Maybe you’re newly diagnosed with diabetes, or maybe you’ve had the disease for several years but are having difficulty with management. What really is diabetes? What has changed in therapy for the past several years? You might even be curious to find out if diabetes can be reversed!
Simply put, diabetes means your body cannot use sugar (glucose) in a normal way. Glucose is energy the body needs and is controlled by insulin, a hormone the pancreas makes. Insulin helps glucose get out of your bloodstream and into your muscles and other tissues to be used for energy. When you eat carbohydrates, your body breaks them down into glucose. Simple carbohydrates, such as white rice, white bread and white pasta, are broken down into glucose too quickly, raising your blood glucose levels rapidly. Complex carbohydrates, such as brown rice, whole wheat and other grains such as quinoa, take longer to break down into glucose. When you have too much glucose in your blood, it is doing damage to your blood vessels and important organs and can cause complications such as heart problems, kidney damage, amputations, blindness.
There are different types of diabetes. Most adults have type II, which means your pancreas might be working but not very well. Causes of this type of diabetes include being overweight, inactivity, family history, pre-diabetes, race, age and fat distribution.
Road to Recovery
After diagnosis, it is important to make lifestyle habit changes, have regular follow up visits at your doctor or nurse practitioner’s office, and follow the treatment plan. It is also recommended to have yearly eye exams and foot exams. Changes to your lifestyle include exercising on a regular basis, losing weight and dietary changes, which is why diabetes is considered to be a disease of self-management. Participating in diabetic classes can also assist you in improving your knowledge base and self-management.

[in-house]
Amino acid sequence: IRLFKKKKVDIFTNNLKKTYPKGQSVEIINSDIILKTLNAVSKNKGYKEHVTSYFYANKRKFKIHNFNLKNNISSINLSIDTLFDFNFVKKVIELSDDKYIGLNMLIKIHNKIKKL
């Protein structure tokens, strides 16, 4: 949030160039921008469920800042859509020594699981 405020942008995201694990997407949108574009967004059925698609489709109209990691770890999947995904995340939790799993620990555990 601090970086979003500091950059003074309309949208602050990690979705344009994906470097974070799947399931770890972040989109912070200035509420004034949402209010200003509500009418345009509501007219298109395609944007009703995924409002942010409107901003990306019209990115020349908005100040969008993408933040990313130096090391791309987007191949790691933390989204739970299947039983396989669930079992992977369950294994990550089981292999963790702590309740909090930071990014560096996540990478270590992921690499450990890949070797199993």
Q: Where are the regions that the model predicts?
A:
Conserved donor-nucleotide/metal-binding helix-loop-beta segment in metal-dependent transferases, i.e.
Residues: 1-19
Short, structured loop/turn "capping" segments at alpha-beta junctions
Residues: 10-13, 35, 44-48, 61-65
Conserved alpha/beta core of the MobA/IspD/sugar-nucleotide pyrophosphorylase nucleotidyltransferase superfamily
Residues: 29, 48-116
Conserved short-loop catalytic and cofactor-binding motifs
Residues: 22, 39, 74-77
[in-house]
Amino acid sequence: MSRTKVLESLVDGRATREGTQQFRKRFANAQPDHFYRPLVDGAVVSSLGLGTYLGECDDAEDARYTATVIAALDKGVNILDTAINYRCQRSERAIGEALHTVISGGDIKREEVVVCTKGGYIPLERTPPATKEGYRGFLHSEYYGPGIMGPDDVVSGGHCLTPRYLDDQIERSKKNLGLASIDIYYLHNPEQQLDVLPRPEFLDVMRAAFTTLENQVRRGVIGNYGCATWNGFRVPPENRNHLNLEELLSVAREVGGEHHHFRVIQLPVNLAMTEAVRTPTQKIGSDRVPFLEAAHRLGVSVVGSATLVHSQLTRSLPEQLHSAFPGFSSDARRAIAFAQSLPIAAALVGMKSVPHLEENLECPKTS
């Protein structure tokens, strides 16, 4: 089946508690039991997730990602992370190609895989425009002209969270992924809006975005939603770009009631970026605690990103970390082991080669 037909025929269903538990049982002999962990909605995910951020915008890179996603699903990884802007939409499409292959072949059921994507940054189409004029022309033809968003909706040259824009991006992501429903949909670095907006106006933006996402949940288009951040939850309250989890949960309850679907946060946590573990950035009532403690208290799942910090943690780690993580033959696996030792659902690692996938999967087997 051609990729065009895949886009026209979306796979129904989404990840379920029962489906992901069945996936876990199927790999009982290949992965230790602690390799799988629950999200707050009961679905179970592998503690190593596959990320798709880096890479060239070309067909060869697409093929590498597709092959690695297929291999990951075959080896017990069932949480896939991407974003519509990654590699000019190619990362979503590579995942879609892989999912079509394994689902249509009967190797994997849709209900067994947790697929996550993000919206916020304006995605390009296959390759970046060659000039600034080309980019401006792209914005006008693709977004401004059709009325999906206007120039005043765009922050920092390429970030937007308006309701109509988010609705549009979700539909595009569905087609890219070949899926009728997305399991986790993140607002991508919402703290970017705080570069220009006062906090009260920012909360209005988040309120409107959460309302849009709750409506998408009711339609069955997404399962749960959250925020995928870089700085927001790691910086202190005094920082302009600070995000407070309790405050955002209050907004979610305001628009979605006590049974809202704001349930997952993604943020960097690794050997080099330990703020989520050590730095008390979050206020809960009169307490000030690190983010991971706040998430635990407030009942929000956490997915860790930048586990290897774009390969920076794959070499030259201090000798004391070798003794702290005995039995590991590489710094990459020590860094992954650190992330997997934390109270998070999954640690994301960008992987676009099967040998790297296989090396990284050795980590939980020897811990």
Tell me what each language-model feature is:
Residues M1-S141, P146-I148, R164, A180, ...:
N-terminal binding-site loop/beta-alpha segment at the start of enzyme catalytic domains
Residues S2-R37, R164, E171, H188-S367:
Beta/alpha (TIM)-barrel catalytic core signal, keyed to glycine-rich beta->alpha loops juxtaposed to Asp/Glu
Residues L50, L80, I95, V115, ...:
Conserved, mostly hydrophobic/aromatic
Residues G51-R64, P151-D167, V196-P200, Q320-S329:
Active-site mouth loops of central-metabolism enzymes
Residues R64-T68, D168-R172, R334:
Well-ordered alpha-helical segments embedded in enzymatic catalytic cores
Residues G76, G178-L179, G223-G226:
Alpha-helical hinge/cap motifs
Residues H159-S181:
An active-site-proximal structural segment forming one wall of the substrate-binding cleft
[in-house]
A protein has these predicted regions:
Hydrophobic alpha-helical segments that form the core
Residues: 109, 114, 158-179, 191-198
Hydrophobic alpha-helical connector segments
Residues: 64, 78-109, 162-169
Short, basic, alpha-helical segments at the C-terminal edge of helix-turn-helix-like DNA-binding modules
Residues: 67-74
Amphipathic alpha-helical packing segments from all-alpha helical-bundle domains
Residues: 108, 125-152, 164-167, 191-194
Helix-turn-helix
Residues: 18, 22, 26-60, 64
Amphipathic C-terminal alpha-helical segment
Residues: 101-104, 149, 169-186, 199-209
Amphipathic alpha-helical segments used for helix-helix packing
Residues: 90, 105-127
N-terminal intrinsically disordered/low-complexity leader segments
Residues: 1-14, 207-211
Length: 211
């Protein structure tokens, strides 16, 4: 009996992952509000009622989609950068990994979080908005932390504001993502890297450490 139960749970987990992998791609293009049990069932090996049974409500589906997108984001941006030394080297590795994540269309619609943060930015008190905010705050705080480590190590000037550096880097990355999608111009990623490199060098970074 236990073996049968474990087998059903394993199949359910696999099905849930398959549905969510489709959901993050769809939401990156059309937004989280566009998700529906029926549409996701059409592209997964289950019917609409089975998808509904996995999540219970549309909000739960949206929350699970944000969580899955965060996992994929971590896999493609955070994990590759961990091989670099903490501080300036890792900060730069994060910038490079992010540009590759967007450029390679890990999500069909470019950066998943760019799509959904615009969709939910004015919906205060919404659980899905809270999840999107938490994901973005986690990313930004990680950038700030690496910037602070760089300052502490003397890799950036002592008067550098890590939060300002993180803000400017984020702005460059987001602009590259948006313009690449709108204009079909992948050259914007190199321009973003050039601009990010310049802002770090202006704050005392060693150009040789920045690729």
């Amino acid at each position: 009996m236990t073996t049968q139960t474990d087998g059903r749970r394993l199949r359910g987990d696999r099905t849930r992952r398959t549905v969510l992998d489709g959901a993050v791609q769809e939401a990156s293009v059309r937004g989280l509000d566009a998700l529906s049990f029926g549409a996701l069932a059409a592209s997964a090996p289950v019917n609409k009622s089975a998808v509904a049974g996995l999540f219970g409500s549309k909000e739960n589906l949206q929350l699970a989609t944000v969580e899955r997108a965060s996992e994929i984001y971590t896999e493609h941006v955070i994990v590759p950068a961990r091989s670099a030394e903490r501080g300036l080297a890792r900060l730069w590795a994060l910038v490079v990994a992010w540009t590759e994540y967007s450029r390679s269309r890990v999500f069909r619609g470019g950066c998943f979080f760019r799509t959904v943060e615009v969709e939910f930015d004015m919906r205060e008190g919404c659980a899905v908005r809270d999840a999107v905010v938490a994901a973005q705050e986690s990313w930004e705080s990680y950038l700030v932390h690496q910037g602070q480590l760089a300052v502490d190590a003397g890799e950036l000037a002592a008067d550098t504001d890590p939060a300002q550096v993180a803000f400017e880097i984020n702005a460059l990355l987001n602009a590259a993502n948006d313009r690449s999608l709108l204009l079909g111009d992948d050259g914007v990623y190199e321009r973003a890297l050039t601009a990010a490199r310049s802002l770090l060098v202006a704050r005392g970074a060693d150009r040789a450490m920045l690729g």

Surprisingly, there is not one particular diet to which you must adhere. Rather, it is recommended that you center your diet around increasing fiber, fruits, vegetables and limiting calories, saturated fats, sweets, refined (simple) carbohydrates. A plant based diet can also improve your diabetes and possibly reverse it.
There are many different types of medications that can help you manage your diabetes and most of them come in pill form. The oldest medication called Metformin, is still considered the most effective and is usually the first one to be prescribed upon diagnosis. Newer medications that are prescribed can help protect your heart from complications such as a heart attack and stroke.
What to Expect at Your Appointment
A treatment plan will include office visits and monitoring lab work every three to four months, including a glycated hemoglobin (A1C) test, which shows the average glucose level over a two-to-three month period. Medications are usually adjusted based upon the A1C test. The target A1C is 7% or less. Normal A1C is <5.6%. Other lab tests to be performed include checking lipids (cholesterol), liver and kidney function.
At your appointment, we will also discuss weight management, blood pressure, circulation problems and medication side effects. It might be recommended for you to have certain procedures performed, such as an EKG, blood pressure monitoring, glucose monitoring or ultrasound of your extremities or heart and stress testing, which are offered in our office.
With hard work and close monitoring, diabetes can be managed with ease and confidence. QCBN
By Tess Barnes, NP-C
With more than two decades in nursing, Tess Barnes, RN, MSN, NP-C, is a trusted health care provider focused on patient-centric care at More MD in Prescott and Surprise, Ariz.